on the ground. As though this were a signal, the mob, led by a tall man in the dress of a carboncro or charcoal-burner, rushed upon the slender file of soldiers, and swept it irresistibly before them.
A few moments of pandemonium—shots, yells, screams of pain, cries of exultation, a crash of flying missiles, the ominous clatter of a cavalry patrol galloping down the street, and then all was over. The mob melted away like a puff of smoke, leaving only a few innocent and inoffensive citizens to be cut down by the sabres of the troopers. The prisoners who had caused the outbreak had also disappeared, and when the Spanish spy, slowly regaining his senses, became aware of this fact, he gnashed his teeth with rage.
Our lads were in the meantime dragged at top speed through a labyrinth of narrow streets and dark alleys, until, breathless and bewildered, they finally found themselves in a dimly-lighted room, surrounded by a group of those who had effected their release. One of these severed the cords binding their arms with two blows of a dirk-like machete, and said in reassuring tones—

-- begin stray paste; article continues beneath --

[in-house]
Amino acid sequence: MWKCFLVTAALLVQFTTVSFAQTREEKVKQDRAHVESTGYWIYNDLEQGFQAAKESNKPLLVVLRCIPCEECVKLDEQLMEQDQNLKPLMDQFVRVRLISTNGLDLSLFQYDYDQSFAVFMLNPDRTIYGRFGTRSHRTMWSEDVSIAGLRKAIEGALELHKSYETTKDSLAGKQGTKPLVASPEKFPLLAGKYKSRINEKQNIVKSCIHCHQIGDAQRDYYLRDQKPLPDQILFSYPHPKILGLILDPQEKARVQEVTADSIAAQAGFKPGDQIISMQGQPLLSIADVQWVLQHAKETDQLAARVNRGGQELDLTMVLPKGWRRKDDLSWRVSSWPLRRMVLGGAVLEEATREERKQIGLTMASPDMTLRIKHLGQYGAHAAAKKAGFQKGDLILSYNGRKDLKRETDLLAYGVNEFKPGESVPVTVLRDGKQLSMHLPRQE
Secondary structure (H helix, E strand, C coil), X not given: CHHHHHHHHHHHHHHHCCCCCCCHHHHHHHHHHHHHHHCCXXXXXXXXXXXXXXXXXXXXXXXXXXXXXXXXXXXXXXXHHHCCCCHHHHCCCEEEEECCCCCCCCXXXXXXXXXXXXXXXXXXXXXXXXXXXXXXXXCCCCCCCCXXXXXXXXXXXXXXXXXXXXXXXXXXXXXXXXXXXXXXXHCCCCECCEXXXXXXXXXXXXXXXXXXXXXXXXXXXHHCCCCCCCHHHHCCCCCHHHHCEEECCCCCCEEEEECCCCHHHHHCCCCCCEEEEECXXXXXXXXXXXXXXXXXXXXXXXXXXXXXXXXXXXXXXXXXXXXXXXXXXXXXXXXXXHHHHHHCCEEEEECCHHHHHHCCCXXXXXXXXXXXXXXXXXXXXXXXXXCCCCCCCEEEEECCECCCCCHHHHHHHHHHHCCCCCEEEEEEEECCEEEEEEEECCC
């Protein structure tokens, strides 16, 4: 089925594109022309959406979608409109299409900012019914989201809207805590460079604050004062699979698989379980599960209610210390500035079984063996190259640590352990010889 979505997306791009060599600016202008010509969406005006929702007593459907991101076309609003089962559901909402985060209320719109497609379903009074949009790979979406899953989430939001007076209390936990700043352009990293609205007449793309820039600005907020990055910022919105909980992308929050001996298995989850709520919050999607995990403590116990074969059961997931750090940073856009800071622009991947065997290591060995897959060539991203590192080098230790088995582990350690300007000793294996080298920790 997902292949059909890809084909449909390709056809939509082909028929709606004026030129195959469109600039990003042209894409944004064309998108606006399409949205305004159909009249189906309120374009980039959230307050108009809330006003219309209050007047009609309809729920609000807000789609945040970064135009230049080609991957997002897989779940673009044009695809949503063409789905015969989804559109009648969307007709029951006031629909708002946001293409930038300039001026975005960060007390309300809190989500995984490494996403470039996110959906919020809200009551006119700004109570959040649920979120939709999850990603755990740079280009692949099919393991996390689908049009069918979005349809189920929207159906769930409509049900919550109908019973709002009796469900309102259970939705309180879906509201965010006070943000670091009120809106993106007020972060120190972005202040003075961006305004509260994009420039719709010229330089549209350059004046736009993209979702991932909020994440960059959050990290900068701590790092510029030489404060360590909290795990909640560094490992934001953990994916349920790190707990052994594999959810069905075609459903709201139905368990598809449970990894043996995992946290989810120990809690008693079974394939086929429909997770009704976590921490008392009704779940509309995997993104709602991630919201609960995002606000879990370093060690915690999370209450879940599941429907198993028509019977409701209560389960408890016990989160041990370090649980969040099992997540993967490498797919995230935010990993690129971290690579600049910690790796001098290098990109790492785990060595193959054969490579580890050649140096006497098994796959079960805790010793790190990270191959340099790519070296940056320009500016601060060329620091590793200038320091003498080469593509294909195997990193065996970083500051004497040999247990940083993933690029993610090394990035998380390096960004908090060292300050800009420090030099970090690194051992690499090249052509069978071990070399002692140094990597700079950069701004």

"Fear nothing, señors; you are with friends, sworn to aid all who suffer in the cause of Cuba. Tell us, then, who you are, whence you come, and how it happens that you possess the most secret password of the Junta."
"I," replied the young Cuban boldly, for to him alone of the two was this address intelligible, "am Carlos Moranza, son of——"
Here the lad was interrupted by a great cry from one of his auditors, and in another instant he was folded in a close embrace by the carbonecro who had led the mob to the rescue.
"Carlos, my son! my own brave boy! do you not know your father?" cried the man, half-sobbing, half-laughing in the excitement of his discovery.
"Father! my father! can it be?" screamed Carlos,